We care about having it our way. We care about following our passions, no matter what they are. We care about people’s freedom to do what feels right. We care about the right for no one to tell us what is right.

Pornography, Tinder, and all the advertisements that feed us represent where we are as a country. It represents the underlying desires of much of America. There’s many mainstream magazines and media forms–Men’s HealthGQ, and many musicians and movies (e.g. Fifty Shades of Grey),–that embody Trump’s morals even if they don’t say it outright.

So, are Trump’s words that surprising? For a presidential candidate, it’s unprecedented but it’s not surprising. That’s where we are as a country. Porn use to be something only under people’s beds and available at seedy XXX theaters but now it’s in our pockets, piped into our living rooms, and greeting us on billboards.[2]

Trump is vocalizing what many men view, say, and others often think. Obviously, I don’t agree with Trump. I think it’s sickening. But I also think we as a country have almost lost grounds on which to critique him. I clearly condemn Trump’s actions but I am afraid that much of America’s moral outrage is a hypocritical contradiction: Trump is made in our own image. 

How can America say pornography is perfectly normal and acceptable and yet condemn the person that lives out what is idolized on the screen? You know what I think?! I think that Trump is not the only problem or the biggest problem; he is a harbinger of things to come and an echo of what has gone before. He is a visualization of many people’s secret sins and inner hearts.

Trump is not excused obviously! He is despicable. However, as has been said, “we see that all the time in movies” and we hear it and watch it on our phones. Trump is a problem but he is not the problem. Trump is fruit from what has been sown for quite some time. He is in many ways, I’m afraid, the personification of many people’s dreams.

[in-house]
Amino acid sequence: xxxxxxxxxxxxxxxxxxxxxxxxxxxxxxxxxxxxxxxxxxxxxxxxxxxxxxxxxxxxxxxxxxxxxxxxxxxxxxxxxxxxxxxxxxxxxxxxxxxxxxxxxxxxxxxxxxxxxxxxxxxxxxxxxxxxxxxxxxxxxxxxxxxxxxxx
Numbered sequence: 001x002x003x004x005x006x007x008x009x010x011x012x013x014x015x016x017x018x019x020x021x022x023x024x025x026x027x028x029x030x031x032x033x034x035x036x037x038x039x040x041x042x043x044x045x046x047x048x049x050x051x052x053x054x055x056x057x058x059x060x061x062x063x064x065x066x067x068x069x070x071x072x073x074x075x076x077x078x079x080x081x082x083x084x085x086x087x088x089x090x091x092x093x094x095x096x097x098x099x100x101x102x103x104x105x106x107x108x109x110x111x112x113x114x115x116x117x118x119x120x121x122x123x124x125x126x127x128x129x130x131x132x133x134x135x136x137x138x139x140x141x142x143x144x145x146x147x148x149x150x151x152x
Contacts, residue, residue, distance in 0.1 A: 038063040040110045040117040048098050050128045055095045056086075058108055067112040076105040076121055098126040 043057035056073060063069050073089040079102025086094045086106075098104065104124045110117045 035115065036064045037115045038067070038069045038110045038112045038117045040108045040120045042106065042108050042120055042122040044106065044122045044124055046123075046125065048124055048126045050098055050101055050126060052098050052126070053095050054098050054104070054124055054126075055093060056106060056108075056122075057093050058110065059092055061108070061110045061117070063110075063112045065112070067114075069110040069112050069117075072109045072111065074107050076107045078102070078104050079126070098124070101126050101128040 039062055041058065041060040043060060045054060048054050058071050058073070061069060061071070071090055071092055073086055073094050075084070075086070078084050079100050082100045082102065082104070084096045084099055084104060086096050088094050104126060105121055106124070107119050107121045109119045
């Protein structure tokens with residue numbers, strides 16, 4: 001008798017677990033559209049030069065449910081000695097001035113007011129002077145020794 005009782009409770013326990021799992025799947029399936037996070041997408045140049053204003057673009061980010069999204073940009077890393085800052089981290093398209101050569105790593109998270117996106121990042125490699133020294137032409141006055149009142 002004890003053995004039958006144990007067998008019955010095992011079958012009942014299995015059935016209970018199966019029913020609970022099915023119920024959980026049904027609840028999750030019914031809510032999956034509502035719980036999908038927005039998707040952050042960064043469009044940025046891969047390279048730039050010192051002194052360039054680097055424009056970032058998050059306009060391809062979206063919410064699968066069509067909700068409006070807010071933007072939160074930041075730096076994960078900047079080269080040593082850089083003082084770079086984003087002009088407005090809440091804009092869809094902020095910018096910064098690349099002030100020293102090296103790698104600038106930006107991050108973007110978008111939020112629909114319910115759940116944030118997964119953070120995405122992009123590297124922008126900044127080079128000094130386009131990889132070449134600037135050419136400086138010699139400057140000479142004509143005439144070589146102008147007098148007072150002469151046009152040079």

What is morality after all? Isn’t it might that makes right? And Trump has plenty of “might.” Or if we measure morality by the social construct theory Trump, sadly, wouldn’t be wrong. The social environment has basically said his actions are not wrong time and time again. After all, aren’t we as people just “matter in motion” and isn’t sex just “an exchange of fluids”?[3]

In Trump’s own words “when you’re a star, they let you do it. You can do anything… Grab ’em by the @#$*!…” And sadly, that is often true. We often do anything for a star, or for money. And sadly, when someone “consents,” when someone lets someone else do… or whatever, we look at it as okay because there was consent.

Perhaps, we can all agree that it’s a shame that Trump made those comments since it reflects poorly upon the USA and offends some, but from a moral point of view on what foundation can America criticize him?

This, friend, is our world. This is where we are. And most people are fine with it.

However, doesn’t Trump’s example make it clear that it is wrong to ever look at a woman as an object in that way? Don’t we see how depraved his statement is? Don’t we see how debauched much of American society is?!

Women are not objects. Men are not objects. Pornography is wrong. And by implication, much of our advertising is wrong too. And many of us are wrong. It’s not just Trump. It’s the way we look at the Kardashians. It’s the way we idolize sexy bodies and always having it our way. It’s the way we forget what’s right and just want what we want. The problem is not just external (Trump), it’s likely to a large part internal (in our own heart).

America, wake up! We made Trump. We are Trump and Trump is us. We can’t have our cake and eat it too. We can’t indulge in licentious sexual “freedom” without the forging of certain “fetters.”

John Adams once said, “Our Constitution was made only for a moral and religious people. It is wholly inadequate to the government of any other.” Why did he say that? He said it at least in part because if we are not a moral people, a people who believe in a divinely given morality, then we will elect very corrupt officials. We will create and elect people who reflect our own character.

We will, in the words of the Old Testament prophet Jeremiah, pursue worthlessness, and become worthless (Jer. 2:5).

[[Two Postscripts: Please note that I do not support either candidate. 1) I loathe Hilliary Clinton and her pro-abortion stance (see here for example) and don’t trust her. 2) I don’t trust Trump either. Two verses to consider for those trusting Trump because he will (supposedly) “save” the Supreme Court: Ps. 118:9, “It is better to take refuge in the Lord than to trust in princes [or their modern equivalent]” (cf. Ps. 146:3) and Ps. 40:4, “Blessed is the man who makes the Lord his trust, who does not turn to the proud [certain political candidates], to those who go astray after a lie!” These verses are true even when considering such serious subjects as the future of America and unborn babies.]]

______________________

[1] Actually, it is sadly my own disposition. I am myself not beyond struggling with lust. However, by God’s grace, I am not enslaved to it and loathe porn. I have seen the chaos and curse that sexual sin brings to individuals and society through people close to me.